By Guy Dorrell @GuyDorrellEsq
Steve Jobs never had much of a taste for alcohol, the few references that can be found of him drinking refer to the very occasional glass of wine. But while beer may not have had an effect upon him, he had a profound effect upon it.
In the late Seventies, when the idea of Apple was coming to fruition and the incorporated company began to grow, America consumer markets were changing before its eyes. Jobs and notable others set about disproving IBM chairman Thomas J Watson’s prediction that “there is a world market for about five computers”. The actions of a few pioneers of disruptive technologies was rapidly to break the virtual monopoly that IBM held on the computing market in North America and the world until that point.
Around the same time, an American nuclear engineer set his sights firmly at breaking the cosy cartel that saw the largest five breweries in the States controlling 75 per cent of the domestic market. In 1979, Charles N. Papazian founded the Association of Brewers, having founded the American Homebrewers Association in the year previous.
In Charlie Papazian, craft beer had found its spiritual leader.
By the time of the 1981 election in the US, America saw Republican candidate Ronald Reagan returned as the 40th President and with him came a particular type of libertarian, free-market ideology. When talking of personal responsibility, he stated: “It is time to restore the American precept that each individual is accountable for his actions.”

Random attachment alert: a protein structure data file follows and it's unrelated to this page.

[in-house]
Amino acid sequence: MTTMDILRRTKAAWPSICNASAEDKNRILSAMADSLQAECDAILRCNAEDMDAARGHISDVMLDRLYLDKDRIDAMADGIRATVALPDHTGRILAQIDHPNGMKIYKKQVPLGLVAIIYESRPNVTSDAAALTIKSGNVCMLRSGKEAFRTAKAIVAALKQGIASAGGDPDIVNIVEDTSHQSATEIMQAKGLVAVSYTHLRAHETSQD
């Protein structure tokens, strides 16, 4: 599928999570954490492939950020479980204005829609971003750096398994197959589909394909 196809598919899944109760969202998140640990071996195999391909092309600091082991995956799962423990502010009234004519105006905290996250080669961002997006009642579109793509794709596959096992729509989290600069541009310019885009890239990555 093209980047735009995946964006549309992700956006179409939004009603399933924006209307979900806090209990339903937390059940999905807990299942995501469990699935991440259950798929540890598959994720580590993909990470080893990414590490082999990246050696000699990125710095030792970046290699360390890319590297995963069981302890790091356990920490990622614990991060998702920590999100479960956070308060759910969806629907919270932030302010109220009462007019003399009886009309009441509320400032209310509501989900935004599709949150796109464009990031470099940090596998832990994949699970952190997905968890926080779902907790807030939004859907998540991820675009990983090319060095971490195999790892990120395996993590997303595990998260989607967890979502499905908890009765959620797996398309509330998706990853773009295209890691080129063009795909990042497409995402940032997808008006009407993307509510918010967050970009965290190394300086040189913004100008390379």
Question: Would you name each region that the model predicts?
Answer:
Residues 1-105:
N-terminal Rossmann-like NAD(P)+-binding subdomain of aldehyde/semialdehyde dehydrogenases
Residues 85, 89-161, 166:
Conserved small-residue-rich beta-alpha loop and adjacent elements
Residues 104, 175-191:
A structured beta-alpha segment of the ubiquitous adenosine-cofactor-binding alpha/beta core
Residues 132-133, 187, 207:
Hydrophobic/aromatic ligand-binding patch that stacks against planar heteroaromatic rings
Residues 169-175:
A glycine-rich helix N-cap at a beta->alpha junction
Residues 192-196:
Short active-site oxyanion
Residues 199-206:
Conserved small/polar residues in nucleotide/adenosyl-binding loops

With this thinking permeating American society, many started to shun the mainstream brands that generations had bought “just like Pop did”. Some took it to its logical conclusion and created alternative brands. Lucas Arts, Barrett Firearms and MTV all started with a vision to challenge the orthodoxy of American corporate culture.
This creativity was passed on to brewers and the American beer market blossomed, with amateurs and enthusiasts starting hundreds of breweries, few with a capacity over 100,000 barrels annually, most with somewhere around 5,000 barrels. The microbrewery was born.
Over in the UK, the big breweries still reigned supreme. Lager was still the poor relative in beer sales, with it accounting for only around a third of all beer consumed. Times and tastes were changing however.
The same free-market thinking as Reagan displayed was extolled on this side of the Atlantic by Mrs Thatcher who went on to say: “There’s no such thing as Society. There are individual men and women”. As with the States before them, dedicated individuals began to challenge the big brewers’ market dominance, as well as the public’s taste buds.
Homebrew had been a popular pastime in Britain since the middle ages, with wartime privations increasing its popularity. The Campaign for Real Ale (CAMRA) was, and is, a pre-eminent voice in craft brewing who helped promote beer festivals and pronounced on the quality of individual beers.
Gradually, the techniques and equipment evolving across the Atlantic started to filter in to the UK. Craft brewing in Britain could never hope to approach the volumes and sales that its US counterparts could achieve, even those localised and niche US breweries serving a county within a state.
Hops across the Pond
So another US innovation, the microbrewery, found its way across the water. Britain’s first microbrewery is not an easy claim to substantiate, but some of the early pioneers have become household names, albeit in beer-drinking households. Bath Ales, Rebellion and Meantime all started as microbreweries and have grown steadily thanks to their loyal followings.